Amid all of the voices, opinions and even deflection that last weekend’s exit interviews produced, simply put, the Winnipeg Jets’ season was not good enough.
Yes, there was a playoff appearance — a brief one. Indeed, there were exciting moments along the way, but not enough of them. And sure, the team boasts some all-star cast members, but nary a messiah among them.
If the Jets were a spreadsheet, what the bottom line would indicate this season would not be considered favourable — and, frankly, not an aberration either, but a trend.
As a result, what everyone can agree on is it’s time for change to the team’s current roster — a seminal moment in the franchise’s 12-, turning 13-year existence in Winnipeg, and perhaps a seismic one, at that, when it comes to the core and charter members.
Even veteran defenceman Brenden Dillon acknowledged on Saturday during his exit availability what many believe is on the horizon, calling this off-season “a big summer.”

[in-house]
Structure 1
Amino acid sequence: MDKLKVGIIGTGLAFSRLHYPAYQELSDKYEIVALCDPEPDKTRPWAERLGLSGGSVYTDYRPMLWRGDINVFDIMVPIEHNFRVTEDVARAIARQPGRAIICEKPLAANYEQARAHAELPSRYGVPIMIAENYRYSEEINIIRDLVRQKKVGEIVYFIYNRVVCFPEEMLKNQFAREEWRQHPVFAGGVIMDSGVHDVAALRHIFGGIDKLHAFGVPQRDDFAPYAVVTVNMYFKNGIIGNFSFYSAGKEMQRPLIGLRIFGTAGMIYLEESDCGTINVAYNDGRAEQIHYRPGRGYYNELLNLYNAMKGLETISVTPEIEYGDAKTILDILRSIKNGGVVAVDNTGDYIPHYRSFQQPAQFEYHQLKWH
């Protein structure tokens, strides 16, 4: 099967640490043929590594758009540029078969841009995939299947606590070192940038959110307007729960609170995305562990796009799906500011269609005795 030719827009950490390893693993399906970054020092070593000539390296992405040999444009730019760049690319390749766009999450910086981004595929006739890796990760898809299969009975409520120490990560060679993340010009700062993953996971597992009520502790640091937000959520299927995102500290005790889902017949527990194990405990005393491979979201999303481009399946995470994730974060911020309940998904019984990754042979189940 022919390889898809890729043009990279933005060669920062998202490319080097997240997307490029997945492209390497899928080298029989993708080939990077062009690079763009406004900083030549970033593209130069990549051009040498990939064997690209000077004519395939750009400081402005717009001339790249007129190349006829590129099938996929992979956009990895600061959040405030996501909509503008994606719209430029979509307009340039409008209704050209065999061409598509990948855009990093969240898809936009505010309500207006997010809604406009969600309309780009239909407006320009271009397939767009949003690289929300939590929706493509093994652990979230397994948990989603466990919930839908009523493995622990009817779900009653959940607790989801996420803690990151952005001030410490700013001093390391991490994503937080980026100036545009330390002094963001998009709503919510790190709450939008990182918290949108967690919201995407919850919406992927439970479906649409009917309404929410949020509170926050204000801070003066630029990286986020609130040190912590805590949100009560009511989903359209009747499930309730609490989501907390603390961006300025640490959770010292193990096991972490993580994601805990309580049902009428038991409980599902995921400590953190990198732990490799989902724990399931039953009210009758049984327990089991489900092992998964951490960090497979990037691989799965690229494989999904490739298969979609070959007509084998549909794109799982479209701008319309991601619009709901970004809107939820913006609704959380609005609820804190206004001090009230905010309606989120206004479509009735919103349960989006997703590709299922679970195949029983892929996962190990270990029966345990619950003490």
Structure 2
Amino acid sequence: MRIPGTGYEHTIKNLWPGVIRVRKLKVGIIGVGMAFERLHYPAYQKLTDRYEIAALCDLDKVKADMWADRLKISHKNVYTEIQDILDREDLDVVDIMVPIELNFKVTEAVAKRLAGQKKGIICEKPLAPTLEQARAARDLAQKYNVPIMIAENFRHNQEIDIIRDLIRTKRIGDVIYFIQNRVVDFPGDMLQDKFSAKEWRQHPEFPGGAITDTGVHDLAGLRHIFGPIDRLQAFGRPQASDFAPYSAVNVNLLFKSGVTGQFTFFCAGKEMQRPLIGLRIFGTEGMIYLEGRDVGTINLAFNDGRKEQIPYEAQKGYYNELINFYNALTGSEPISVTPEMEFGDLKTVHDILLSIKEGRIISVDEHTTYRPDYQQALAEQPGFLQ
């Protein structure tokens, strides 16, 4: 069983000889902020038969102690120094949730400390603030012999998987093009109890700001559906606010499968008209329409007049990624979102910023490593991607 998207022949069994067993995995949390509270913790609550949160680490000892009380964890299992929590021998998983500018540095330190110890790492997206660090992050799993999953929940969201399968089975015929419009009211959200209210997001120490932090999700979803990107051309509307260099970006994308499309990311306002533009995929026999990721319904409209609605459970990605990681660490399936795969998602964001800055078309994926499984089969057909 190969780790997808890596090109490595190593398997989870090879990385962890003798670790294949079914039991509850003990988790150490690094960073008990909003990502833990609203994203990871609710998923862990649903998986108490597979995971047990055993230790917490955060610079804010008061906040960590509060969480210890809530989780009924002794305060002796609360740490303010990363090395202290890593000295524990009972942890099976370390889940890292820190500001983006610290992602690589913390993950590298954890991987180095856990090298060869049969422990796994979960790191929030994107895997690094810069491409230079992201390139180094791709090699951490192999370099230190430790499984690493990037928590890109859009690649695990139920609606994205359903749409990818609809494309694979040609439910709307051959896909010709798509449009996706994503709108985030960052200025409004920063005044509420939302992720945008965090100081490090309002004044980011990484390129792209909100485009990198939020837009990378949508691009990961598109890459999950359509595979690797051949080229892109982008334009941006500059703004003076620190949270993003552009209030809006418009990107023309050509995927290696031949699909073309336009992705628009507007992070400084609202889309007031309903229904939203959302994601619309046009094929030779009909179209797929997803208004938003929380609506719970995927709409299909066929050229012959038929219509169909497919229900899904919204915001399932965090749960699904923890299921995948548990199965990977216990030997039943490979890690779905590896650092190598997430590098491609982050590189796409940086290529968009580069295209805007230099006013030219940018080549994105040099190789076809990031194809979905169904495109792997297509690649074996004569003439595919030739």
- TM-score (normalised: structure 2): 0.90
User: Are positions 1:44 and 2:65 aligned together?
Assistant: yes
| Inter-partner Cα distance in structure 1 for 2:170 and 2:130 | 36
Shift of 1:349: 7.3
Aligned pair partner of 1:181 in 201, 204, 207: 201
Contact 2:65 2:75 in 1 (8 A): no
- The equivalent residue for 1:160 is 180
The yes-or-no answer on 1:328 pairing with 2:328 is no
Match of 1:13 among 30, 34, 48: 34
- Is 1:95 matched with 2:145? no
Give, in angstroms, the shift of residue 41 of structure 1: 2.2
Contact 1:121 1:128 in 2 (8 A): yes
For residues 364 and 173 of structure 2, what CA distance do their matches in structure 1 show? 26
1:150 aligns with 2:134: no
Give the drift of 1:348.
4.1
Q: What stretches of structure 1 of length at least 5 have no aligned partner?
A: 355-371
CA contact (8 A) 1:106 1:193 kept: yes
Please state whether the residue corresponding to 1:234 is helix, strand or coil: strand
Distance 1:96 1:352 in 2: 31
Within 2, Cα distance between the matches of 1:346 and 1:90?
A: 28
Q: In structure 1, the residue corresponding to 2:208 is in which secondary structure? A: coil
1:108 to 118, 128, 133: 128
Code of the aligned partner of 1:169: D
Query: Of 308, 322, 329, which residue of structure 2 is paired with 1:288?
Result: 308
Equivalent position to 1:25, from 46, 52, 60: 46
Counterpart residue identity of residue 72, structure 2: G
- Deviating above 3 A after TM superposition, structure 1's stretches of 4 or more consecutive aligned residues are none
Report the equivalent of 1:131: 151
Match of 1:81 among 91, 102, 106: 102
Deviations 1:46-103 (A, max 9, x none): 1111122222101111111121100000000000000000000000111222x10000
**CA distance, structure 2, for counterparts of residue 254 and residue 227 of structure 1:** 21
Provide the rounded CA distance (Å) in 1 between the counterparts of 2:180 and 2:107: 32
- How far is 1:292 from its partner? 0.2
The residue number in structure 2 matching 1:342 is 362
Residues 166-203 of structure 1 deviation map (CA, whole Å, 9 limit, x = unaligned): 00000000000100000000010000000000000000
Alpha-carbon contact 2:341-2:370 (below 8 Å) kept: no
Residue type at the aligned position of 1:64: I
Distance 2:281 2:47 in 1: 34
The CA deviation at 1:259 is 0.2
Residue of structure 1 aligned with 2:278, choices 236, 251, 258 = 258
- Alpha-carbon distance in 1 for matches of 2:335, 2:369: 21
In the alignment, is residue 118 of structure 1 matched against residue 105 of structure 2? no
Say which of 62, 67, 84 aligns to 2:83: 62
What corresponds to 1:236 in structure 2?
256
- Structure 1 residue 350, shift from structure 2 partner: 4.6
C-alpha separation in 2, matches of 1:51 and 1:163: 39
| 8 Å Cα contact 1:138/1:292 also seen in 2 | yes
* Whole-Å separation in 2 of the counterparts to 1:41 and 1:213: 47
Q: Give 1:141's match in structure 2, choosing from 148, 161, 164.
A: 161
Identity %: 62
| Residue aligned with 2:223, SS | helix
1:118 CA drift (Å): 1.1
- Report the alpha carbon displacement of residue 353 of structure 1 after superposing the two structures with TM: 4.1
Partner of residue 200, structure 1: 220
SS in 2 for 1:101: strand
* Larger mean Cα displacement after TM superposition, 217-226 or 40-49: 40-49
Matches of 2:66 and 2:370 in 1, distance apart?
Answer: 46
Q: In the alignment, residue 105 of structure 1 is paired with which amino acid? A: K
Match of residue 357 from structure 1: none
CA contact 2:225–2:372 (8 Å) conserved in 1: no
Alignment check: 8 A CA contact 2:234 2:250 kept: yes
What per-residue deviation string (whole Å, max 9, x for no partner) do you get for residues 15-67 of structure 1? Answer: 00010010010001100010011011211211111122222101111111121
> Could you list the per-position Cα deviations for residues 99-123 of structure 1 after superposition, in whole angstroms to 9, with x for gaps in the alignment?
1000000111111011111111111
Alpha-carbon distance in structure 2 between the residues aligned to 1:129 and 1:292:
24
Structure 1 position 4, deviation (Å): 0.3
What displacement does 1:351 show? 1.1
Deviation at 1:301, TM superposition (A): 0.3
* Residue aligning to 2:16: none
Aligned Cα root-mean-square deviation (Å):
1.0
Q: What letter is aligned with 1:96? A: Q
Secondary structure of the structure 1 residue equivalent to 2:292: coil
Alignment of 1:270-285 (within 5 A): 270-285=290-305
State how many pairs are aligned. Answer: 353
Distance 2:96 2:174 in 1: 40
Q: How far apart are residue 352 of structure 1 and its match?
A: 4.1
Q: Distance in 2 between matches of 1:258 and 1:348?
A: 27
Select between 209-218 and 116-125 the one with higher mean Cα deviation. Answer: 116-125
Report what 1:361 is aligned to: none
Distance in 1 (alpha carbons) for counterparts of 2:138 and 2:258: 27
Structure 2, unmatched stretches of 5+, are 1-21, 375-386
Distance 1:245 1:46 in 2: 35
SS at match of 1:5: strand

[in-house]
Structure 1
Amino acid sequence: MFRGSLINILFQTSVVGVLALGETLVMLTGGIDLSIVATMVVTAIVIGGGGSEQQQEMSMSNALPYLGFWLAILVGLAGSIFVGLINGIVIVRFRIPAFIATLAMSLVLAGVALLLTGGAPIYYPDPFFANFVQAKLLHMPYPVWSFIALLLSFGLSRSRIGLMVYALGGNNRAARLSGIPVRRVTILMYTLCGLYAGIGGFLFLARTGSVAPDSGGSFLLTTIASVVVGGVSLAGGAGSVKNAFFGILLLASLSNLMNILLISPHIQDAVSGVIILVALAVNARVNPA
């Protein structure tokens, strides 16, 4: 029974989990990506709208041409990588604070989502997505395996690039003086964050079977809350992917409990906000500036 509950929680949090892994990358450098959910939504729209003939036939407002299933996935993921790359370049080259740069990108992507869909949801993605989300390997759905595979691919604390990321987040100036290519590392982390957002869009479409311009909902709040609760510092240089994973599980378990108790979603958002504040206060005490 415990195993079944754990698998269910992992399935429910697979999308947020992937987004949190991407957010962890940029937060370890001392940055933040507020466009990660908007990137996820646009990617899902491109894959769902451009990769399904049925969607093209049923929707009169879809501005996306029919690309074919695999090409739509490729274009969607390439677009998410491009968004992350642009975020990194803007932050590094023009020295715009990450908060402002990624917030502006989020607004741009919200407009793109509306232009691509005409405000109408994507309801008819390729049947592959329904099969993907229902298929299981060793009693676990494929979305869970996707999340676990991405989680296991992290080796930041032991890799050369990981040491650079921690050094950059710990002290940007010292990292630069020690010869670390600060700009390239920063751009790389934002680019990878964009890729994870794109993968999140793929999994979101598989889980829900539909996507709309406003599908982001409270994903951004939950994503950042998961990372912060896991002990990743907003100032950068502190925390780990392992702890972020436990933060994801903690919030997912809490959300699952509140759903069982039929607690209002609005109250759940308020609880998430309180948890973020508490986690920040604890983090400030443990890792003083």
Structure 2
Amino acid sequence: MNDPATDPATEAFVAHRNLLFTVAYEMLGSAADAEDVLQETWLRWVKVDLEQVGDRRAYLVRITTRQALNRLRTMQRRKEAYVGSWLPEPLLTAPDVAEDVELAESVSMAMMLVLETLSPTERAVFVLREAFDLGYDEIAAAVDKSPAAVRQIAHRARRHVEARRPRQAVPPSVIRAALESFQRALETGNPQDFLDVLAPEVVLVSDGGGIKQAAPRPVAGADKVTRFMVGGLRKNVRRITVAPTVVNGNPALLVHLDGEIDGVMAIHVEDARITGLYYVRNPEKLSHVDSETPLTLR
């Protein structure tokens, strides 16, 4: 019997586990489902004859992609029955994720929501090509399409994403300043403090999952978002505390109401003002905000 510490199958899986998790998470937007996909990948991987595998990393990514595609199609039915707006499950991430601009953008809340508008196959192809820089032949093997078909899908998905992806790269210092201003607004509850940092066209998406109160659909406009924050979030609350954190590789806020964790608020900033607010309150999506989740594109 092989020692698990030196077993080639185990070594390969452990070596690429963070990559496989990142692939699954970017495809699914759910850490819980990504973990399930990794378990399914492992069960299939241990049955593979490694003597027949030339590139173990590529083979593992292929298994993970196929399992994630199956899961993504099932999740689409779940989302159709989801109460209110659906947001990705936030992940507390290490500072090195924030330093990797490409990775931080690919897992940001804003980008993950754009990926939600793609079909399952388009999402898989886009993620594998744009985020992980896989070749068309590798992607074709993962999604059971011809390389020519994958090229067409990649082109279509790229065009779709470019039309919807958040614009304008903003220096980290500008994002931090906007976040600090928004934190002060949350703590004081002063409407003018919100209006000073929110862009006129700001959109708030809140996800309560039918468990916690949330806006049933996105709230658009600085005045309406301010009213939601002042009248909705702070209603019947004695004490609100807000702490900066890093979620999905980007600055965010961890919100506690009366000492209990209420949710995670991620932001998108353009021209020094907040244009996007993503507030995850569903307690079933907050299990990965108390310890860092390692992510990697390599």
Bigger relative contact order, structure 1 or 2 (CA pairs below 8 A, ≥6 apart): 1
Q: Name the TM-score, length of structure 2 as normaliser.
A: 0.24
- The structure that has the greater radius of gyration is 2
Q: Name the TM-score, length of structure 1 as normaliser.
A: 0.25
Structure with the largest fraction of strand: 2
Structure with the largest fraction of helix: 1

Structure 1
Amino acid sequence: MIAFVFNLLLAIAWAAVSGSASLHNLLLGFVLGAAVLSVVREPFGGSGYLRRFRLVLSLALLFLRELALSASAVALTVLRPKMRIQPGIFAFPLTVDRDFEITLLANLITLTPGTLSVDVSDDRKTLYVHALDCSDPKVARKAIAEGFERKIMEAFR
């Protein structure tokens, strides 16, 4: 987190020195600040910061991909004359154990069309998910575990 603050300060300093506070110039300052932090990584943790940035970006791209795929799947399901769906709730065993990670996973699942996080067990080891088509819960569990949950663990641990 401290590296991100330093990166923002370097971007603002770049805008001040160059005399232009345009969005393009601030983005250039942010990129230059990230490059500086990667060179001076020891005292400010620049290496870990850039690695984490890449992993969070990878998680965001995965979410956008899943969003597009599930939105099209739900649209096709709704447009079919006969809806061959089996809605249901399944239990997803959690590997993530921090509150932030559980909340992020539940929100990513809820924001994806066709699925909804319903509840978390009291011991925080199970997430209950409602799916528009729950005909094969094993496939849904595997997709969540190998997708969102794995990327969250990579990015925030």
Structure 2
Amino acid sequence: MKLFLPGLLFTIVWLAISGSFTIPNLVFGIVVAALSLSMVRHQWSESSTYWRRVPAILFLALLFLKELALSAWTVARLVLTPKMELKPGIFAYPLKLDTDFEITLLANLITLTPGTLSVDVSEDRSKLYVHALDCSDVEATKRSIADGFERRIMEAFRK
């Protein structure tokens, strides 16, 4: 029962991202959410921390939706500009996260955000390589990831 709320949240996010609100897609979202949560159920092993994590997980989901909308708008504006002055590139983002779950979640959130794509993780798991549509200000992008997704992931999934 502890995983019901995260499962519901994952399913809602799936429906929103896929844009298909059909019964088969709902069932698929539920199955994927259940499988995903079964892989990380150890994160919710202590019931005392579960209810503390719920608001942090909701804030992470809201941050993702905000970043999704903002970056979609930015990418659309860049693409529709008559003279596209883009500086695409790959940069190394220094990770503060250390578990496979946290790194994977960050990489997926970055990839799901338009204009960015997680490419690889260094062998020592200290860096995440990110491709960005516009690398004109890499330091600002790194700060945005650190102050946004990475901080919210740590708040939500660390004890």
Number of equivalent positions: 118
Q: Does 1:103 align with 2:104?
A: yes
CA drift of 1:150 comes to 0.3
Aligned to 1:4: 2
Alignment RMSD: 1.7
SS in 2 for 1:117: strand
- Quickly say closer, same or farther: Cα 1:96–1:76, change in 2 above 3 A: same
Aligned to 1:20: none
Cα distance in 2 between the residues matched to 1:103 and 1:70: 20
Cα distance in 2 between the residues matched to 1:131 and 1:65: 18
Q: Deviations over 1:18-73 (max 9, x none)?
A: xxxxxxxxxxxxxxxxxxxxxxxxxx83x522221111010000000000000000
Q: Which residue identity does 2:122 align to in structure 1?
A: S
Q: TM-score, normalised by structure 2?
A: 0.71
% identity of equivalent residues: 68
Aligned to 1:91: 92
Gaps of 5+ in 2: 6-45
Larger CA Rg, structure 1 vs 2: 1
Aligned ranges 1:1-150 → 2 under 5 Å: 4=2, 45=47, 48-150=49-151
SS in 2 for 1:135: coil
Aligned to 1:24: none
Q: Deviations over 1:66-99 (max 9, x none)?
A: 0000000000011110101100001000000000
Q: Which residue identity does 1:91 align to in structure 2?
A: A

Now let’s be clear: contrary to the gratuitous buzz on social media, there is no appetite in our market for a rebuild. If the fanbase was timid to support a team this winter that never once dipped below the playoff line, then operating under the premise the turnstiles will be carouselling at a rapid rate when they struggle to play competitively for the next year or two is folly.
But the team has reached a crossroads, a challenging point of its existence. How and what an overall upgrade looks like is uncertain, be it a buyout, a major trade, procurement of a prized free agent — or all of it.
What is not palatable is a run-back of the status quo. In other words, it’s strategic home improvements that are needed, not a demolition.
Last weekend provided a forum for voices, opinions and some deflection, but what really should have emerged is this hard reality that simply being ‘good enough’ isn’t good enough any longer.